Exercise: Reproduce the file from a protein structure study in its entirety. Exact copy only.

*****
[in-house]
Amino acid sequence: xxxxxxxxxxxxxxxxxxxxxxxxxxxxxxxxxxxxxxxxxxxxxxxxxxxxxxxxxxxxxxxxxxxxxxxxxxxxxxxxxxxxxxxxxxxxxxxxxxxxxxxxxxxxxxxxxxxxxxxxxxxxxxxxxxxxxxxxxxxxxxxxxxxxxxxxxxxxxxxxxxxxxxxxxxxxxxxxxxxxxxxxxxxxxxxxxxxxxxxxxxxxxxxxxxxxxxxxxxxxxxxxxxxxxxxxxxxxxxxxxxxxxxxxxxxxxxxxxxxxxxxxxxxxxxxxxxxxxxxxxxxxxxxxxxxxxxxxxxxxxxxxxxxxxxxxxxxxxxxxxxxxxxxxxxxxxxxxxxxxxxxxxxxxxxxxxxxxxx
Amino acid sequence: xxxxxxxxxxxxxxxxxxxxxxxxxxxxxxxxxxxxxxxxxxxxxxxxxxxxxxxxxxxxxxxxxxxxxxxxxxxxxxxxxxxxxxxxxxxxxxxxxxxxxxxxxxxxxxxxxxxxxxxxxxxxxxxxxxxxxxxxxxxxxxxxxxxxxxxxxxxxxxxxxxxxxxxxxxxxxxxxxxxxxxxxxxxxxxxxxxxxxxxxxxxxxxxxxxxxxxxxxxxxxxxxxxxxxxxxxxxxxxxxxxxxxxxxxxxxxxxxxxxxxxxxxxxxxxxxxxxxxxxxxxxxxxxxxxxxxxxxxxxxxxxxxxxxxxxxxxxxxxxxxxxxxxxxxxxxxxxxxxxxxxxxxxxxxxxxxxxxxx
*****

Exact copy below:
[in-house]
Amino acid sequence: xxxxxxxxxxxxxxxxxxxxxxxxxxxxxxxxxxxxxxxxxxxxxxxxxxxxxxxxxxxxxxxxxxxxxxxxxxxxxxxxxxxxxxxxxxxxxxxxxxxxxxxxxxxxxxxxxxxxxxxxxxxxxxxxxxxxxxxxxxxxxxxxxxxxxxxxxxxxxxxxxxxxxxxxxxxxxxxxxxxxxxxxxxxxxxxxxxxxxxxxxxxxxxxxxxxxxxxxxxxxxxxxxxxxxxxxxxxxxxxxxxxxxxxxxxxxxxxxxxxxxxxxxxxxxxxxxxxxxxxxxxxxxxxxxxxxxxxxxxxxxxxxxxxxxxxxxxxxxxxxxxxxxxxxxxxxxxxxxxxxxxxxxxxxxxxxxxxxxx
Amino acid sequence: xxxxxxxxxxxxxxxxxxxxxxxxxxxxxxxxxxxxxxxxxxxxxxxxxxxxxxxxxxxxxxxxxxxxxxxxxxxxxxxxxxxxxxxxxxxxxxxxxxxxxxxxxxxxxxxxxxxxxxxxxxxxxxxxxxxxxxxxxxxxxxxxxxxxxxxxxxxxxxxxxxxxxxxxxxxxxxxxxxxxxxxxxxxxxxxxxxxxxxxxxxxxxxxxxxxxxxxxxxxxxxxxxxxxxxxxxxxxxxxxxxxxxxxxxxxxxxxxxxxxxxxxxxxxxxxxxxxxxxxxxxxxxxxxxxxxxxxxxxxxxxxxxxxxxxxxxxxxxxxxxxxxxxxxxxxxxxxxxxxxxxxxxxxxxxxxxxxxxx